- April 22, 2020
- Posted by: Josiah Hincks Solicitors
- Category: Legal News, News
The tough approach being taken by hard-pressed social housing providers towards those who have obtained their tenancies by deception has received the backing of the Court of Appeal.
The case concerned parents of two young children who sought homelessness assistance from a local authority which at the time employed both of them. The woman suffered from post-traumatic stress disorder following the birth of one of her children, who had cerebral palsy. The couple’s housing application was allocated by the council to a local social housing provider.
When filling in an application form, the couple stated that they and their children were living with the woman’s parents and that they had been asked to leave due to overcrowding. They also stated that the woman’s only bank account had a credit balance of £1,000. On the strength of those answers, the provider granted them an assured shorthold tenancy.
The true position was, however, quite different. When they filled in the form, the family was in fact already living in a private rented flat under an assured shorthold tenancy and the woman’s bank balance stood at over £6,000. Her husband had a bank account, into which he paid a second income, and the combined annual income of the household was over £70,000.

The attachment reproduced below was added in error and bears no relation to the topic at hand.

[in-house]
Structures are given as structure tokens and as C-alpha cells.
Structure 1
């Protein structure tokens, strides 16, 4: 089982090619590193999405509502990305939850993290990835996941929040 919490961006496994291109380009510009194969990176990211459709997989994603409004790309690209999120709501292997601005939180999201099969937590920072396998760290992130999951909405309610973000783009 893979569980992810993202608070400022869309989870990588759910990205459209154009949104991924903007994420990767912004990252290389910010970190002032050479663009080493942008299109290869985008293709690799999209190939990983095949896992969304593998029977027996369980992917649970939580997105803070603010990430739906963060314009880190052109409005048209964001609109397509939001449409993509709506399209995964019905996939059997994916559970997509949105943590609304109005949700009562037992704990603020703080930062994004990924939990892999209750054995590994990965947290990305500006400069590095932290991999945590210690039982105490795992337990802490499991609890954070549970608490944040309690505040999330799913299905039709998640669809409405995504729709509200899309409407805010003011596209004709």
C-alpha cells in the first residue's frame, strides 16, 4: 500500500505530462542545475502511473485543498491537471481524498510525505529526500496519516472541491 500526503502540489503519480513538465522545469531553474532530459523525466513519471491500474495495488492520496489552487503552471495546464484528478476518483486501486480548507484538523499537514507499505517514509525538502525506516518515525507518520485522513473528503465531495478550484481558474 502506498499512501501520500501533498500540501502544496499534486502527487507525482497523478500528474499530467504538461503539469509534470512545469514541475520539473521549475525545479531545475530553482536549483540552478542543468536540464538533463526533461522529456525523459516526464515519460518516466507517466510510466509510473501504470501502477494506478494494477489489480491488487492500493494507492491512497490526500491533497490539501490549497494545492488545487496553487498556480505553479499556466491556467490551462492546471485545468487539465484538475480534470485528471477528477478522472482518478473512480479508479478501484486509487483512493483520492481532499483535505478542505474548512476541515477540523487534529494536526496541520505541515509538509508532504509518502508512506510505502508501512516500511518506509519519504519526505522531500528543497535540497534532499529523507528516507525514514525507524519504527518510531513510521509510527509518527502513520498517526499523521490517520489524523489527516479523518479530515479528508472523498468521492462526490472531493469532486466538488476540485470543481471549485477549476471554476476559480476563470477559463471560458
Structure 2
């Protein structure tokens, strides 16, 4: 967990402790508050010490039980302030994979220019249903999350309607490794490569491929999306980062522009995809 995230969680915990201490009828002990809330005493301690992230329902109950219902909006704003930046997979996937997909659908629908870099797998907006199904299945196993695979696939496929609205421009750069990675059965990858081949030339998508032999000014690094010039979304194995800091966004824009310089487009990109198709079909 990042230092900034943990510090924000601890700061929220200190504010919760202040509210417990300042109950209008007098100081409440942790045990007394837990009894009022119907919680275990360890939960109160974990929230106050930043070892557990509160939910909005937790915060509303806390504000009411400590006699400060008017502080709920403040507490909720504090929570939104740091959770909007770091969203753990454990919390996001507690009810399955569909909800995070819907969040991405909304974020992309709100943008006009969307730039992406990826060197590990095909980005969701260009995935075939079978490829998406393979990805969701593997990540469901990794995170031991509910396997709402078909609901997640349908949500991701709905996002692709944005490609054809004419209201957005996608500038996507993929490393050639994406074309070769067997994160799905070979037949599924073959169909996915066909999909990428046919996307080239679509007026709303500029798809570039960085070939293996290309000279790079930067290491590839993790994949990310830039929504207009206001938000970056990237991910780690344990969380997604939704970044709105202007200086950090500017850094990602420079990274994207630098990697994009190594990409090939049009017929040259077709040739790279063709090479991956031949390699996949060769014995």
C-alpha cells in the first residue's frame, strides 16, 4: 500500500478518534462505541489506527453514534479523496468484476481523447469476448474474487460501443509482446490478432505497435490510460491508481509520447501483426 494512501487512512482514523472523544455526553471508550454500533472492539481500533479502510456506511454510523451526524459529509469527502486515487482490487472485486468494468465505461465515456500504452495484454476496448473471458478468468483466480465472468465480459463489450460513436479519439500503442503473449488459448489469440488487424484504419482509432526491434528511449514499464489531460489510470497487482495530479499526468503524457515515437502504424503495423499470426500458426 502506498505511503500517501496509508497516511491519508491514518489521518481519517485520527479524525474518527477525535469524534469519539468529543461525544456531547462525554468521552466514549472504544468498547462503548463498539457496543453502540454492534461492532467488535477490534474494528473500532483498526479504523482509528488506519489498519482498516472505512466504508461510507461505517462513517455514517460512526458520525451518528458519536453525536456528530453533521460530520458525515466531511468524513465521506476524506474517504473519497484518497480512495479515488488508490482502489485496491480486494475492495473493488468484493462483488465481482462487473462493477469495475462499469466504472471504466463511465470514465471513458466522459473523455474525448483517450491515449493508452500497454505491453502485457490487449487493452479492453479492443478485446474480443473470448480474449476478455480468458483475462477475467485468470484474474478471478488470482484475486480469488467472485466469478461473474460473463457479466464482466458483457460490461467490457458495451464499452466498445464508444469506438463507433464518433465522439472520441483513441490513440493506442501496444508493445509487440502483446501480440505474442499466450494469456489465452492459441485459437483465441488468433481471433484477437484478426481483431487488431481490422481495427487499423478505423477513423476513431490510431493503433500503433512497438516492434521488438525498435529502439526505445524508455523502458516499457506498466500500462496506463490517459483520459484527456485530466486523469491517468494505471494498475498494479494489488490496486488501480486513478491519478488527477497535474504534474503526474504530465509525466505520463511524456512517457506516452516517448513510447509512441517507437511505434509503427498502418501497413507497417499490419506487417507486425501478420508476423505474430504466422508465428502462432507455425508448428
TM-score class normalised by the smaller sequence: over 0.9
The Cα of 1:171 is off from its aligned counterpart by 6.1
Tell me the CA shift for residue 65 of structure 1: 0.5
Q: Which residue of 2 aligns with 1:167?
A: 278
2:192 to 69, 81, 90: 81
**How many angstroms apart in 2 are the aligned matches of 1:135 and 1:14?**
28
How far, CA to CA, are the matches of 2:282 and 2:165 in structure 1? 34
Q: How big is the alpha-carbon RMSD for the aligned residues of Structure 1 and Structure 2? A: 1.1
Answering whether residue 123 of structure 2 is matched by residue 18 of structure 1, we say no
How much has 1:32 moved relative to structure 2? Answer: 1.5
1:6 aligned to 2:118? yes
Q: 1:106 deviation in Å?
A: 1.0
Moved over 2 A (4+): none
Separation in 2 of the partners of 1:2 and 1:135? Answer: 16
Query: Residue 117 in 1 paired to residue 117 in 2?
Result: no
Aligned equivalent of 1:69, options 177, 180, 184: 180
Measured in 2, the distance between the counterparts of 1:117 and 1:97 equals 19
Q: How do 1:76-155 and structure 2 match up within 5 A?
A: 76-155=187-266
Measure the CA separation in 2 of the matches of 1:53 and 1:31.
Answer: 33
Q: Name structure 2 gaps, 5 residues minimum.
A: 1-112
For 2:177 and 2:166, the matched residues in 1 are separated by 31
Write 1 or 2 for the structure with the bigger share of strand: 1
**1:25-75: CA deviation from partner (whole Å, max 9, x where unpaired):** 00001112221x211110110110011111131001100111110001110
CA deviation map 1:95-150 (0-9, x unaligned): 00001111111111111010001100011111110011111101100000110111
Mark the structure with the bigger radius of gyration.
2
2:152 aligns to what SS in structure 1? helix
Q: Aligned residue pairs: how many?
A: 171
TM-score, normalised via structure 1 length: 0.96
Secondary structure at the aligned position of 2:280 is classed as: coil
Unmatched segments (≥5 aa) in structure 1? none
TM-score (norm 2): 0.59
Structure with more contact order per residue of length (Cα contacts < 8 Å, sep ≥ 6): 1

Following a police investigation, the woman accepted a caution for three offences of dishonesty arising from the false information she had given in the application form. Her husband pleaded guilty to providing false information in order to obtain housing. Both have since been dismissed from their local authority jobs.
The provider launched proceeding under the Housing Act 1988, seeking the couple’s eviction on the ground that it had been induced to grant the tenancy by their false statements. A judge accepted that that was the case. She nevertheless refused to issue a possession order on the basis that the provider had failed to adequately assess the impact of eviction on the disabled mother and child. That amounted to a breach of the public sector equality duty (PSED) owed by the provider under the Equality Act 2010.
In ruling on the provider’s challenge to that outcome, the Court agreed with the judge that the provider had breached the PSED. However, in upholding the appeal, it went on to find that, even had due regard been had to the mother’s and daughter’s disabilities, it was highly likely that the provider’s decision to institute eviction proceedings would have been the same.
There was no question that, had the couple answered the questions honestly, they would not have been granted the tenancy. They could have afforded to rent a home in the private sector and, by their deceit, they had deprived a more needy family of public housing. In the face of the acute scarcity of such housing, the provider was justified in operating a policy of seeking to remove tenants who had obtained their accommodation by deception. The case was sent back to the judge for a final decision to be reached on whether the family’s eviction would, in all the circumstances, be reasonable.